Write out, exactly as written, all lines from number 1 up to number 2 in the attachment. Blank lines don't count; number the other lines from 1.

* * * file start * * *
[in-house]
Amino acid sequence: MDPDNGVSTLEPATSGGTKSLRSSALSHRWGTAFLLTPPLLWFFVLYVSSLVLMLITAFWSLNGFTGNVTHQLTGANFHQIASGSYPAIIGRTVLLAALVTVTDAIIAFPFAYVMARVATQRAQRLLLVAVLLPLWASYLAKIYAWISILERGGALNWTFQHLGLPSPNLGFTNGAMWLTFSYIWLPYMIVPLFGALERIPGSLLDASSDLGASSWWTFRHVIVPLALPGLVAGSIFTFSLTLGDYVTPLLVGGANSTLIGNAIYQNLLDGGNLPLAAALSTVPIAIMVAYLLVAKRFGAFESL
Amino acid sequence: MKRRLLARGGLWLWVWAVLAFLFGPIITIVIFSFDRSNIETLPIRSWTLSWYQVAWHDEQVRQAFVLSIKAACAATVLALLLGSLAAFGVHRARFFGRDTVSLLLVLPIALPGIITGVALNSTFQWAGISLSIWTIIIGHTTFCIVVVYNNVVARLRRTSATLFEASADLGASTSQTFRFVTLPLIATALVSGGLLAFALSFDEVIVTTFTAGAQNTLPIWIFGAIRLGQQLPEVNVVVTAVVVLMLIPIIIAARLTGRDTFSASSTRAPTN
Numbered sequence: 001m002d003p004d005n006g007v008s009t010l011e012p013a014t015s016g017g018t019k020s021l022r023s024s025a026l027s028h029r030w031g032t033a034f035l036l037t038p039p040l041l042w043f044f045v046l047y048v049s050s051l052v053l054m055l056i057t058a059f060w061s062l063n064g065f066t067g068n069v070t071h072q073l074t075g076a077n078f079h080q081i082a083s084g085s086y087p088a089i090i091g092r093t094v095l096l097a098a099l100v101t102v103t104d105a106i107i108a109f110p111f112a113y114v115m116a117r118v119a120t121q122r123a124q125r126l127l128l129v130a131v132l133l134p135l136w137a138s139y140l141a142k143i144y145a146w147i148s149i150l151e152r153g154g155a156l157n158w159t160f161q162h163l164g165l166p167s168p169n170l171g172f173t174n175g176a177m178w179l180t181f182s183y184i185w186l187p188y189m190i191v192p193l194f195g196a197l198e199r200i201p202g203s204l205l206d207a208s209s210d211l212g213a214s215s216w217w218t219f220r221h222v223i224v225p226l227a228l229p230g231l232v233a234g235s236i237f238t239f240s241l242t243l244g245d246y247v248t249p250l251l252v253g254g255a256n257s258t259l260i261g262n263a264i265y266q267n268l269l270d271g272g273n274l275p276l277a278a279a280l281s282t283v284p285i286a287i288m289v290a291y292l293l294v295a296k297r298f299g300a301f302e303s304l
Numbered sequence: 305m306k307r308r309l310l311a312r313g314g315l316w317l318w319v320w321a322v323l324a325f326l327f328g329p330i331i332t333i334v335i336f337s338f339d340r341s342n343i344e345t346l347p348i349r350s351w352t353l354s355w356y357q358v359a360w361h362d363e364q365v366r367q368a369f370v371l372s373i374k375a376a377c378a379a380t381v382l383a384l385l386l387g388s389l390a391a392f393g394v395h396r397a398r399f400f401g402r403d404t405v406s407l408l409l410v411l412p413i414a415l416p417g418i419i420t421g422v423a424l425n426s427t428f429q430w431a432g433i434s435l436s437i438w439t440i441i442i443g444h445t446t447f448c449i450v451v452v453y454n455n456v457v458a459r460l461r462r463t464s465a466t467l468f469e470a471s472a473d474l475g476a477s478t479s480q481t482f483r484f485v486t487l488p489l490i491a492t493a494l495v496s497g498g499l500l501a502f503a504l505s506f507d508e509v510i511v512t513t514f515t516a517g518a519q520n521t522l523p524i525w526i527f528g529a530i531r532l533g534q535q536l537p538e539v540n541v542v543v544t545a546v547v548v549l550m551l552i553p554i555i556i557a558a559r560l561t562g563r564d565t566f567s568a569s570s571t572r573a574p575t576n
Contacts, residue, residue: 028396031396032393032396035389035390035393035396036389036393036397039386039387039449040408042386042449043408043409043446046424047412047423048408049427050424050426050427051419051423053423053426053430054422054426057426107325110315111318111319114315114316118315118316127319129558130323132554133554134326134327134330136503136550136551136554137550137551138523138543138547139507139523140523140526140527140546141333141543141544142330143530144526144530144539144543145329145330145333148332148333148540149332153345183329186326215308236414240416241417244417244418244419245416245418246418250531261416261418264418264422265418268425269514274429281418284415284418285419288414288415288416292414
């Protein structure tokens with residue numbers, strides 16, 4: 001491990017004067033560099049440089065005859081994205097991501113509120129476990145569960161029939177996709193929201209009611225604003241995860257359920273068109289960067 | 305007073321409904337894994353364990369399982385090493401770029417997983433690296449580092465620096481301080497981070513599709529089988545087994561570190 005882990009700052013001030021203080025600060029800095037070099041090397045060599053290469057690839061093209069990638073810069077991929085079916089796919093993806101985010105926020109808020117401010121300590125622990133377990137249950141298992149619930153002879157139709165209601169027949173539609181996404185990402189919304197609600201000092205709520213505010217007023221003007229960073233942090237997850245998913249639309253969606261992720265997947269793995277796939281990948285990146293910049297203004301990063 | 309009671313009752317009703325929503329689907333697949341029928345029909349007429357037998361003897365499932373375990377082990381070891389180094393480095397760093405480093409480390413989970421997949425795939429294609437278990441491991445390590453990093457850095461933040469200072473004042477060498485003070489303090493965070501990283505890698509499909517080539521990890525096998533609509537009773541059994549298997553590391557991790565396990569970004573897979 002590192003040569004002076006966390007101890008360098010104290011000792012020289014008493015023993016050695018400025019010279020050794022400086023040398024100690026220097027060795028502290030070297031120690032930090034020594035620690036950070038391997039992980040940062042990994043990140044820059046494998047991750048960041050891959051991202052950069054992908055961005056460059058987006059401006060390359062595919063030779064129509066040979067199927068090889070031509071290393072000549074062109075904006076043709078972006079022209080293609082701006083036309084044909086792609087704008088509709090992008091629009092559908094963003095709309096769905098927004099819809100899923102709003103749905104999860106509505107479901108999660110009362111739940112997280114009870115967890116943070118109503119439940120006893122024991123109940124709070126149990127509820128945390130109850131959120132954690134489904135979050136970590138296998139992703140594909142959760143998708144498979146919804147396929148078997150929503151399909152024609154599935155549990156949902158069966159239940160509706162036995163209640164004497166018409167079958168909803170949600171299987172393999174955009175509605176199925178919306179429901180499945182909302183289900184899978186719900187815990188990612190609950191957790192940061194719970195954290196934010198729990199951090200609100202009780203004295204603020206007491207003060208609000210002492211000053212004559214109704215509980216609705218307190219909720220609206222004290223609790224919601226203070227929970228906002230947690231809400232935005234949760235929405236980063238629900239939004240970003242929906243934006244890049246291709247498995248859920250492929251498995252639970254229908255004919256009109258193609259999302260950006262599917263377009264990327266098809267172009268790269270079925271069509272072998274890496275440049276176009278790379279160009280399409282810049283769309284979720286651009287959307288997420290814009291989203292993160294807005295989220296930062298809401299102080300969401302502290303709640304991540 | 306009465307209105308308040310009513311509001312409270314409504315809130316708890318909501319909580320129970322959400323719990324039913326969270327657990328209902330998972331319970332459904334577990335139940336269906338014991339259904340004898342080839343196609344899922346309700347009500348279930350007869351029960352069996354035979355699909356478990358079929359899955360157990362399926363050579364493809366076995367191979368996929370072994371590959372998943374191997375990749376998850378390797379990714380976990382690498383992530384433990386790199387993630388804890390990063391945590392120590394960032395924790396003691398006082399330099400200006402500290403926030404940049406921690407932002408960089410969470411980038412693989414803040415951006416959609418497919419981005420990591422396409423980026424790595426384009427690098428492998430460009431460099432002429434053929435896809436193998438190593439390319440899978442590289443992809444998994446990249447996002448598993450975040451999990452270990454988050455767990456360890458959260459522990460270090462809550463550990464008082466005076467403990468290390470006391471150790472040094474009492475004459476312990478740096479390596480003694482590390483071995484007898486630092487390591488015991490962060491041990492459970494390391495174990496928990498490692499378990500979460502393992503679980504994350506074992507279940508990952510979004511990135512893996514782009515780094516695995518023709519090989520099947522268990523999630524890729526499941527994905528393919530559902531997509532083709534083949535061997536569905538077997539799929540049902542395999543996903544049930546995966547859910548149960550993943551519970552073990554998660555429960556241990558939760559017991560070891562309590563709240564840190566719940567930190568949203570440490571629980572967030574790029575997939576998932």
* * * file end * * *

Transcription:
[in-house]
Amino acid sequence: MDPDNGVSTLEPATSGGTKSLRSSALSHRWGTAFLLTPPLLWFFVLYVSSLVLMLITAFWSLNGFTGNVTHQLTGANFHQIASGSYPAIIGRTVLLAALVTVTDAIIAFPFAYVMARVATQRAQRLLLVAVLLPLWASYLAKIYAWISILERGGALNWTFQHLGLPSPNLGFTNGAMWLTFSYIWLPYMIVPLFGALERIPGSLLDASSDLGASSWWTFRHVIVPLALPGLVAGSIFTFSLTLGDYVTPLLVGGANSTLIGNAIYQNLLDGGNLPLAAALSTVPIAIMVAYLLVAKRFGAFESL